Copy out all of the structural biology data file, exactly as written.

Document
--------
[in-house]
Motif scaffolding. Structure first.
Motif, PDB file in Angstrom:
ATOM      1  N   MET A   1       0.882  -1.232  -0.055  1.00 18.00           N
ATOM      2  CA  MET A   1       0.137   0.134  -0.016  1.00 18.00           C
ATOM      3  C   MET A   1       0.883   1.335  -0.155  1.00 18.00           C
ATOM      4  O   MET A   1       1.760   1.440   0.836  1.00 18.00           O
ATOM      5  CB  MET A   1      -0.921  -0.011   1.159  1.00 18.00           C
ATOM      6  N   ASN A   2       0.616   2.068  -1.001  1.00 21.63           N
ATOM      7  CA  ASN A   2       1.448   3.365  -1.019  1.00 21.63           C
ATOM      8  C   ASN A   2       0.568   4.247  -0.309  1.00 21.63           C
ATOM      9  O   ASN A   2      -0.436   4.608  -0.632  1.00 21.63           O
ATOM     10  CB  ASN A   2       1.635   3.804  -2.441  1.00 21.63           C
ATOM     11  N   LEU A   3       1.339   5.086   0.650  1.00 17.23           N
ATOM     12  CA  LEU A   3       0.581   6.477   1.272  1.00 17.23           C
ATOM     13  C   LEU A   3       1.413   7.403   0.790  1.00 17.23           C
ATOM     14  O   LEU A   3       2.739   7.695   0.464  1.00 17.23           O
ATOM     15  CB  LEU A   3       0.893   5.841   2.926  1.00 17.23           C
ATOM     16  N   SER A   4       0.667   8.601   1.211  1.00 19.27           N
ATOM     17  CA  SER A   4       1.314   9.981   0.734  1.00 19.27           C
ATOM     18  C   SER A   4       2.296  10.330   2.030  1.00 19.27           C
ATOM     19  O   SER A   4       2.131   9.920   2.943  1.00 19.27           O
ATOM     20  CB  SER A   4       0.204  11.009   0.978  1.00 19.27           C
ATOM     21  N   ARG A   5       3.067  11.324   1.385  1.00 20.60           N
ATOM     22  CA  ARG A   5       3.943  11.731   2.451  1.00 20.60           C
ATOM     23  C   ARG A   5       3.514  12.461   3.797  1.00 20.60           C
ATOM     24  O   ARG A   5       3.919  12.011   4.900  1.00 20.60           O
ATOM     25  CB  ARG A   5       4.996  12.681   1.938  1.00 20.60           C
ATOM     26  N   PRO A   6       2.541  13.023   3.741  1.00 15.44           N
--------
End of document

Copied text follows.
[in-house]
Motif scaffolding. Structure first.
Motif, PDB file in Angstrom:
ATOM      1  N   MET A   1       0.882  -1.232  -0.055  1.00 18.00           N
ATOM      2  CA  MET A   1       0.137   0.134  -0.016  1.00 18.00           C
ATOM      3  C   MET A   1       0.883   1.335  -0.155  1.00 18.00           C
ATOM      4  O   MET A   1       1.760   1.440   0.836  1.00 18.00           O
ATOM      5  CB  MET A   1      -0.921  -0.011   1.159  1.00 18.00           C
ATOM      6  N   ASN A   2       0.616   2.068  -1.001  1.00 21.63           N
ATOM      7  CA  ASN A   2       1.448   3.365  -1.019  1.00 21.63           C
ATOM      8  C   ASN A   2       0.568   4.247  -0.309  1.00 21.63           C
ATOM      9  O   ASN A   2      -0.436   4.608  -0.632  1.00 21.63           O
ATOM     10  CB  ASN A   2       1.635   3.804  -2.441  1.00 21.63           C
ATOM     11  N   LEU A   3       1.339   5.086   0.650  1.00 17.23           N
ATOM     12  CA  LEU A   3       0.581   6.477   1.272  1.00 17.23           C
ATOM     13  C   LEU A   3       1.413   7.403   0.790  1.00 17.23           C
ATOM     14  O   LEU A   3       2.739   7.695   0.464  1.00 17.23           O
ATOM     15  CB  LEU A   3       0.893   5.841   2.926  1.00 17.23           C
ATOM     16  N   SER A   4       0.667   8.601   1.211  1.00 19.27           N
ATOM     17  CA  SER A   4       1.314   9.981   0.734  1.00 19.27           C
ATOM     18  C   SER A   4       2.296  10.330   2.030  1.00 19.27           C
ATOM     19  O   SER A   4       2.131   9.920   2.943  1.00 19.27           O
ATOM     20  CB  SER A   4       0.204  11.009   0.978  1.00 19.27           C
ATOM     21  N   ARG A   5       3.067  11.324   1.385  1.00 20.60           N
ATOM     22  CA  ARG A   5       3.943  11.731   2.451  1.00 20.60           C
ATOM     23  C   ARG A   5       3.514  12.461   3.797  1.00 20.60           C
ATOM     24  O   ARG A   5       3.919  12.011   4.900  1.00 20.60           O
ATOM     25  CB  ARG A   5       4.996  12.681   1.938  1.00 20.60           C
ATOM     26  N   PRO A   6       2.541  13.023   3.741  1.00 15.44           N